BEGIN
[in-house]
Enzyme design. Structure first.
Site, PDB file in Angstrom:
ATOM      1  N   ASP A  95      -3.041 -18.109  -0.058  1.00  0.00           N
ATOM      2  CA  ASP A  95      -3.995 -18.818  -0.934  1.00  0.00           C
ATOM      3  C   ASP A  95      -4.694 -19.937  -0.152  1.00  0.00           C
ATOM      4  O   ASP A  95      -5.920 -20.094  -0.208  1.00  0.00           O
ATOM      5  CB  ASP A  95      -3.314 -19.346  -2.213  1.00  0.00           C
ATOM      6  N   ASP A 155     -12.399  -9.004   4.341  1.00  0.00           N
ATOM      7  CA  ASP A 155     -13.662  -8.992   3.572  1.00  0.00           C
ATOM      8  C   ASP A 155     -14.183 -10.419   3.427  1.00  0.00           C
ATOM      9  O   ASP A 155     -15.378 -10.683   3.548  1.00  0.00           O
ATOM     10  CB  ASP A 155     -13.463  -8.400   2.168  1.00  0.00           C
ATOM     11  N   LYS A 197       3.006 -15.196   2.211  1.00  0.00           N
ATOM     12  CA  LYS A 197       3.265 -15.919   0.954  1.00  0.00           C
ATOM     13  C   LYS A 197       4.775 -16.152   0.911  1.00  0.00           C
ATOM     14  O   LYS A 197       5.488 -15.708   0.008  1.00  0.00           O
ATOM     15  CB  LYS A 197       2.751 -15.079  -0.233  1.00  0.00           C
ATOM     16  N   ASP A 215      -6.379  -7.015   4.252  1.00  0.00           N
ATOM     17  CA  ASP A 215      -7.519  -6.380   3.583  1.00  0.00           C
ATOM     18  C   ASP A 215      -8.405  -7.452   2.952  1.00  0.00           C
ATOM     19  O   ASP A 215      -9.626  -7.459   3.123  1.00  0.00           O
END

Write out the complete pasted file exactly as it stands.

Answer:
[in-house]
Enzyme design. Structure first.
Site, PDB file in Angstrom:
ATOM      1  N   ASP A  95      -3.041 -18.109  -0.058  1.00  0.00           N
ATOM      2  CA  ASP A  95      -3.995 -18.818  -0.934  1.00  0.00           C
ATOM      3  C   ASP A  95      -4.694 -19.937  -0.152  1.00  0.00           C
ATOM      4  O   ASP A  95      -5.920 -20.094  -0.208  1.00  0.00           O
ATOM      5  CB  ASP A  95      -3.314 -19.346  -2.213  1.00  0.00           C
ATOM      6  N   ASP A 155     -12.399  -9.004   4.341  1.00  0.00           N
ATOM      7  CA  ASP A 155     -13.662  -8.992   3.572  1.00  0.00           C
ATOM      8  C   ASP A 155     -14.183 -10.419   3.427  1.00  0.00           C
ATOM      9  O   ASP A 155     -15.378 -10.683   3.548  1.00  0.00           O
ATOM     10  CB  ASP A 155     -13.463  -8.400   2.168  1.00  0.00           C
ATOM     11  N   LYS A 197       3.006 -15.196   2.211  1.00  0.00           N
ATOM     12  CA  LYS A 197       3.265 -15.919   0.954  1.00  0.00           C
ATOM     13  C   LYS A 197       4.775 -16.152   0.911  1.00  0.00           C
ATOM     14  O   LYS A 197       5.488 -15.708   0.008  1.00  0.00           O
ATOM     15  CB  LYS A 197       2.751 -15.079  -0.233  1.00  0.00           C
ATOM     16  N   ASP A 215      -6.379  -7.015   4.252  1.00  0.00           N
ATOM     17  CA  ASP A 215      -7.519  -6.380   3.583  1.00  0.00           C
ATOM     18  C   ASP A 215      -8.405  -7.452   2.952  1.00  0.00           C
ATOM     19  O   ASP A 215      -9.626  -7.459   3.123  1.00  0.00           O